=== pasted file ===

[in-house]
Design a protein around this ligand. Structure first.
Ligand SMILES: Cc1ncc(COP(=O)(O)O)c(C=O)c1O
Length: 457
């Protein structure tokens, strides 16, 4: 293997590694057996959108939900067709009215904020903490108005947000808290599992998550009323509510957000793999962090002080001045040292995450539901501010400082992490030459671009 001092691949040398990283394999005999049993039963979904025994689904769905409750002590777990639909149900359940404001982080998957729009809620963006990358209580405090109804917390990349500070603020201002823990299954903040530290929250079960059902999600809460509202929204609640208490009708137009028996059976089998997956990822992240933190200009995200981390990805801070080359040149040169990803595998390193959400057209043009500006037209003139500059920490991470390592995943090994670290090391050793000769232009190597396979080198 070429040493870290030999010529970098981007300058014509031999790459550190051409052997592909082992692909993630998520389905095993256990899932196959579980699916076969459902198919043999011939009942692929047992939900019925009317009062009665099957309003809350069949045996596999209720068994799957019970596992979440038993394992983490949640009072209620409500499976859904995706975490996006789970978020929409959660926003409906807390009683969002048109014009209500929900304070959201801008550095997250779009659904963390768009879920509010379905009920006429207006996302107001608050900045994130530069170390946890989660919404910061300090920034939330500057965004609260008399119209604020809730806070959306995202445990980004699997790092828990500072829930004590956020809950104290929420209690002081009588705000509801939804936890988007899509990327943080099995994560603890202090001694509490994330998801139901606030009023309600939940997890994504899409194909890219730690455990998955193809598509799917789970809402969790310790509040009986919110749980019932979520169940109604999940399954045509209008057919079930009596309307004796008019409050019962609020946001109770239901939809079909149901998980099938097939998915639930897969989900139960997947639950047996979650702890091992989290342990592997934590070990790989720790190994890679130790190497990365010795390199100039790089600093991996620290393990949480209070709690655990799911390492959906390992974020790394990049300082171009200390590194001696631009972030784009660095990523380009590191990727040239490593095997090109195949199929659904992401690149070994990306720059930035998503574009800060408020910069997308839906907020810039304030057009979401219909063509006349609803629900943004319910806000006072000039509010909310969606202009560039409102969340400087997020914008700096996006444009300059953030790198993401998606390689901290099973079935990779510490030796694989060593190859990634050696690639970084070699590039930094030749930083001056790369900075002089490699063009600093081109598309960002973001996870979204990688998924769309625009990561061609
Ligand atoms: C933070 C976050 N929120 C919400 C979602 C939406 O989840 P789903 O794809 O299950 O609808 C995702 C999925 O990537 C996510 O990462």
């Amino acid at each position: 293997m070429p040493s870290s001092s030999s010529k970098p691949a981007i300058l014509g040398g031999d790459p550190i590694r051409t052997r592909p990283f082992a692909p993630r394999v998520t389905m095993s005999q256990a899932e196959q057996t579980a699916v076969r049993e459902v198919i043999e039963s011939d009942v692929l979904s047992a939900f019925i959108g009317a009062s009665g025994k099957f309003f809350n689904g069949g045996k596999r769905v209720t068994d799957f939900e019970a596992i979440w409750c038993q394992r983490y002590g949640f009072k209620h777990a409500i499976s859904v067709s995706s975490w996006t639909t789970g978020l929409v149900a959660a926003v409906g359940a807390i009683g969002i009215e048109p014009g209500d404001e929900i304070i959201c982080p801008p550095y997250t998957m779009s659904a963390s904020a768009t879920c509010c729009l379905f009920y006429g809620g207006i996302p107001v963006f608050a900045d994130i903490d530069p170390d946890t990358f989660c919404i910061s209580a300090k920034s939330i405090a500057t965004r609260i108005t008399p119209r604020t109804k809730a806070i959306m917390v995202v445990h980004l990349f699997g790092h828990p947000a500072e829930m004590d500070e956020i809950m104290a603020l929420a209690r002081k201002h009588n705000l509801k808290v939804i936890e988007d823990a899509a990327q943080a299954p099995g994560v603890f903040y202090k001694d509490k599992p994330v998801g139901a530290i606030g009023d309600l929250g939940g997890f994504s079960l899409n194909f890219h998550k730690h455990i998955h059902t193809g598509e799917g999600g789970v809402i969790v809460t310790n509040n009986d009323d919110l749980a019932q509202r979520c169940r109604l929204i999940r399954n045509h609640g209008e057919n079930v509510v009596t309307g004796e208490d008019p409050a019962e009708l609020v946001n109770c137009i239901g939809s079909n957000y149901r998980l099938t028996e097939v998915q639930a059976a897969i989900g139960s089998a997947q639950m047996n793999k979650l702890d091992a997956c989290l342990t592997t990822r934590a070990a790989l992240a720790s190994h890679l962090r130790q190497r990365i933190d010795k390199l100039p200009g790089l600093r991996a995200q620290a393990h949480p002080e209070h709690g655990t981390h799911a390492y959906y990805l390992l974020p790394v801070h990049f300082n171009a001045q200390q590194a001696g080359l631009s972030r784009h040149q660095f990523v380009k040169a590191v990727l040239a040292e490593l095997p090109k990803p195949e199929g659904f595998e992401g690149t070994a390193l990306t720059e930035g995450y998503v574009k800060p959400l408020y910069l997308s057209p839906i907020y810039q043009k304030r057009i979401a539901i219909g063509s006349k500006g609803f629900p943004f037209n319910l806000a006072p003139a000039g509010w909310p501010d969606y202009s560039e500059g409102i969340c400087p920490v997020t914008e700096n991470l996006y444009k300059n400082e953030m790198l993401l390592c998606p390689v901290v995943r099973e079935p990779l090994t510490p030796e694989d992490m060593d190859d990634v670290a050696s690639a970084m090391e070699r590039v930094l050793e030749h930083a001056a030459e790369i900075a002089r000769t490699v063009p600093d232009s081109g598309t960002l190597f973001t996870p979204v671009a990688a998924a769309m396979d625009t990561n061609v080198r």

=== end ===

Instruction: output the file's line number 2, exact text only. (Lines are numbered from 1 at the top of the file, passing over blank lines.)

Design a protein around this ligand. Structure first.